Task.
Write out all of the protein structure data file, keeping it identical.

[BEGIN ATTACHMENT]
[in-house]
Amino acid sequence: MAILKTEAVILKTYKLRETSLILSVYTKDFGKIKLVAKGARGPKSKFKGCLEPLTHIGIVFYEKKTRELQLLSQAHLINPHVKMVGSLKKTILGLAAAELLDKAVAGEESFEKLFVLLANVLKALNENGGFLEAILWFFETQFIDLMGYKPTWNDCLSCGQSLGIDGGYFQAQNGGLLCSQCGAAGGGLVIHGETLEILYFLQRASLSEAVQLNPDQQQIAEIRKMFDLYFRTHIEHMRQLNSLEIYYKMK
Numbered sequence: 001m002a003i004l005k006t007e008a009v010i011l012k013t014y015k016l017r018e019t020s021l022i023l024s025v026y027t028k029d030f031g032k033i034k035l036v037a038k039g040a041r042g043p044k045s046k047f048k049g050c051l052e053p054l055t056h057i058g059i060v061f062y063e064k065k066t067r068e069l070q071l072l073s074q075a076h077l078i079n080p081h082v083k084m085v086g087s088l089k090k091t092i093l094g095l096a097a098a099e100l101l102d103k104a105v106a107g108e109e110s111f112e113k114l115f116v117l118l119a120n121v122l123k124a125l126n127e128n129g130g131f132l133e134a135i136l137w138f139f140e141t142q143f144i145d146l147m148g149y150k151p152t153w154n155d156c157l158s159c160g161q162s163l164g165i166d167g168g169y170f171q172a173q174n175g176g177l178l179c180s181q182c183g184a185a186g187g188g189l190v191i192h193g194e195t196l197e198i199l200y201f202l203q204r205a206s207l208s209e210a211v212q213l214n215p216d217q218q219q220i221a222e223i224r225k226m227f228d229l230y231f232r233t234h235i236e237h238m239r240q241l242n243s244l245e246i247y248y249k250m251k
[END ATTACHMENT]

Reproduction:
[in-house]
Amino acid sequence: MAILKTEAVILKTYKLRETSLILSVYTKDFGKIKLVAKGARGPKSKFKGCLEPLTHIGIVFYEKKTRELQLLSQAHLINPHVKMVGSLKKTILGLAAAELLDKAVAGEESFEKLFVLLANVLKALNENGGFLEAILWFFETQFIDLMGYKPTWNDCLSCGQSLGIDGGYFQAQNGGLLCSQCGAAGGGLVIHGETLEILYFLQRASLSEAVQLNPDQQQIAEIRKMFDLYFRTHIEHMRQLNSLEIYYKMK
Numbered sequence: 001m002a003i004l005k006t007e008a009v010i011l012k013t014y015k016l017r018e019t020s021l022i023l024s025v026y027t028k029d030f031g032k033i034k035l036v037a038k039g040a041r042g043p044k045s046k047f048k049g050c051l052e053p054l055t056h057i058g059i060v061f062y063e064k065k066t067r068e069l070q071l072l073s074q075a076h077l078i079n080p081h082v083k084m085v086g087s088l089k090k091t092i093l094g095l096a097a098a099e100l101l102d103k104a105v106a107g108e109e110s111f112e113k114l115f116v117l118l119a120n121v122l123k124a125l126n127e128n129g130g131f132l133e134a135i136l137w138f139f140e141t142q143f144i145d146l147m148g149y150k151p152t153w154n155d156c157l158s159c160g161q162s163l164g165i166d167g168g169y170f171q172a173q174n175g176g177l178l179c180s181q182c183g184a185a186g187g188g189l190v191i192h193g194e195t196l197e198i199l200y201f202l203q204r205a206s207l208s209e210a211v212q213l214n215p216d217q218q219q220i221a222e223i224r225k226m227f228d229l230y231f232r233t234h235i236e237h238m239r240q241l242n243s244l245e246i247y248y249k250m251k